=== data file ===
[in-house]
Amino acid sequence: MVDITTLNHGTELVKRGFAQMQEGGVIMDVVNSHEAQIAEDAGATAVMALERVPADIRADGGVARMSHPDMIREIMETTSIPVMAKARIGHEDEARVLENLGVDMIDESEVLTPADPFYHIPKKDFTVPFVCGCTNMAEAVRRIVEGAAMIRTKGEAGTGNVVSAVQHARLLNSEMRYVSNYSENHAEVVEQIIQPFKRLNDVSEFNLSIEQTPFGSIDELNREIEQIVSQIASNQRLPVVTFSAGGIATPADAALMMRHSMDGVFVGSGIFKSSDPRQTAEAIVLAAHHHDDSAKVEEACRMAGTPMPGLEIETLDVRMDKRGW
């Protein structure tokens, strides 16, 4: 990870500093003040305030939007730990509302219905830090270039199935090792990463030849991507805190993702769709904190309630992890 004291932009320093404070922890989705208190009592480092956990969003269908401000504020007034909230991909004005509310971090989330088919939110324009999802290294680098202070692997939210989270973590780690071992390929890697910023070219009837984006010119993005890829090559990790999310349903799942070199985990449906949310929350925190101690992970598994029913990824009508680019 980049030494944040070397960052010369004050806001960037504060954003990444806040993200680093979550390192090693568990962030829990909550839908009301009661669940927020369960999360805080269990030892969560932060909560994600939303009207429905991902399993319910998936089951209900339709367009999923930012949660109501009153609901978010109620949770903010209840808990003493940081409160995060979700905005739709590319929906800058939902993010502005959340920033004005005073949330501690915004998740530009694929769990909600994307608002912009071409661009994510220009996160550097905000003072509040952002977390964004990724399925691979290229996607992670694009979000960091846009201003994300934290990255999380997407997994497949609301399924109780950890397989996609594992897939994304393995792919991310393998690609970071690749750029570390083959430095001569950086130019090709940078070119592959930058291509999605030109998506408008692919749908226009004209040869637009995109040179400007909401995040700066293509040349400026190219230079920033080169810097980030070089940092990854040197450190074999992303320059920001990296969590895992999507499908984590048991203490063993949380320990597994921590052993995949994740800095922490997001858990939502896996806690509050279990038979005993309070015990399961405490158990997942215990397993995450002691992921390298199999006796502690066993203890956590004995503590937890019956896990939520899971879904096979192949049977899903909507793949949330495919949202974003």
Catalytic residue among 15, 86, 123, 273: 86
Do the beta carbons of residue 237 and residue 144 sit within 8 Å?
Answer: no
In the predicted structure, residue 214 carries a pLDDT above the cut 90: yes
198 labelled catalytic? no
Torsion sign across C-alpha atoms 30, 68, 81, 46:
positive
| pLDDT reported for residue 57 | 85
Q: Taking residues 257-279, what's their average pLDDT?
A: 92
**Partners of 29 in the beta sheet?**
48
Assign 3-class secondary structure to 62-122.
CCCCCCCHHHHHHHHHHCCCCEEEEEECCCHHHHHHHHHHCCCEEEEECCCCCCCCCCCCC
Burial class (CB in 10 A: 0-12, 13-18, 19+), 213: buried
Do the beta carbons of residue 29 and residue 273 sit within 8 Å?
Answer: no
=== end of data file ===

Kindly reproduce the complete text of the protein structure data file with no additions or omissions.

[in-house]
Amino acid sequence: MVDITTLNHGTELVKRGFAQMQEGGVIMDVVNSHEAQIAEDAGATAVMALERVPADIRADGGVARMSHPDMIREIMETTSIPVMAKARIGHEDEARVLENLGVDMIDESEVLTPADPFYHIPKKDFTVPFVCGCTNMAEAVRRIVEGAAMIRTKGEAGTGNVVSAVQHARLLNSEMRYVSNYSENHAEVVEQIIQPFKRLNDVSEFNLSIEQTPFGSIDELNREIEQIVSQIASNQRLPVVTFSAGGIATPADAALMMRHSMDGVFVGSGIFKSSDPRQTAEAIVLAAHHHDDSAKVEEACRMAGTPMPGLEIETLDVRMDKRGW
């Protein structure tokens, strides 16, 4: 990870500093003040305030939007730990509302219905830090270039199935090792990463030849991507805190993702769709904190309630992890 004291932009320093404070922890989705208190009592480092956990969003269908401000504020007034909230991909004005509310971090989330088919939110324009999802290294680098202070692997939210989270973590780690071992390929890697910023070219009837984006010119993005890829090559990790999310349903799942070199985990449906949310929350925190101690992970598994029913990824009508680019 980049030494944040070397960052010369004050806001960037504060954003990444806040993200680093979550390192090693568990962030829990909550839908009301009661669940927020369960999360805080269990030892969560932060909560994600939303009207429905991902399993319910998936089951209900339709367009999923930012949660109501009153609901978010109620949770903010209840808990003493940081409160995060979700905005739709590319929906800058939902993010502005959340920033004005005073949330501690915004998740530009694929769990909600994307608002912009071409661009994510220009996160550097905000003072509040952002977390964004990724399925691979290229996607992670694009979000960091846009201003994300934290990255999380997407997994497949609301399924109780950890397989996609594992897939994304393995792919991310393998690609970071690749750029570390083959430095001569950086130019090709940078070119592959930058291509999605030109998506408008692919749908226009004209040869637009995109040179400007909401995040700066293509040349400026190219230079920033080169810097980030070089940092990854040197450190074999992303320059920001990296969590895992999507499908984590048991203490063993949380320990597994921590052993995949994740800095922490997001858990939502896996806690509050279990038979005993309070015990399961405490158990997942215990397993995450002691992921390298199999006796502690066993203890956590004995503590937890019956896990939520899971879904096979192949049977899903909507793949949330495919949202974003």
Catalytic residue among 15, 86, 123, 273: 86
Do the beta carbons of residue 237 and residue 144 sit within 8 Å?
Answer: no
In the predicted structure, residue 214 carries a pLDDT above the cut 90: yes
198 labelled catalytic? no
Torsion sign across C-alpha atoms 30, 68, 81, 46:
positive
| pLDDT reported for residue 57 | 85
Q: Taking residues 257-279, what's their average pLDDT?
A: 92
**Partners of 29 in the beta sheet?**
48
Assign 3-class secondary structure to 62-122.
CCCCCCCHHHHHHHHHHCCCCEEEEEECCCHHHHHHHHHHCCCEEEEECCCCCCCCCCCCC
Burial class (CB in 10 A: 0-12, 13-18, 19+), 213: buried
Do the beta carbons of residue 29 and residue 273 sit within 8 Å?
Answer: no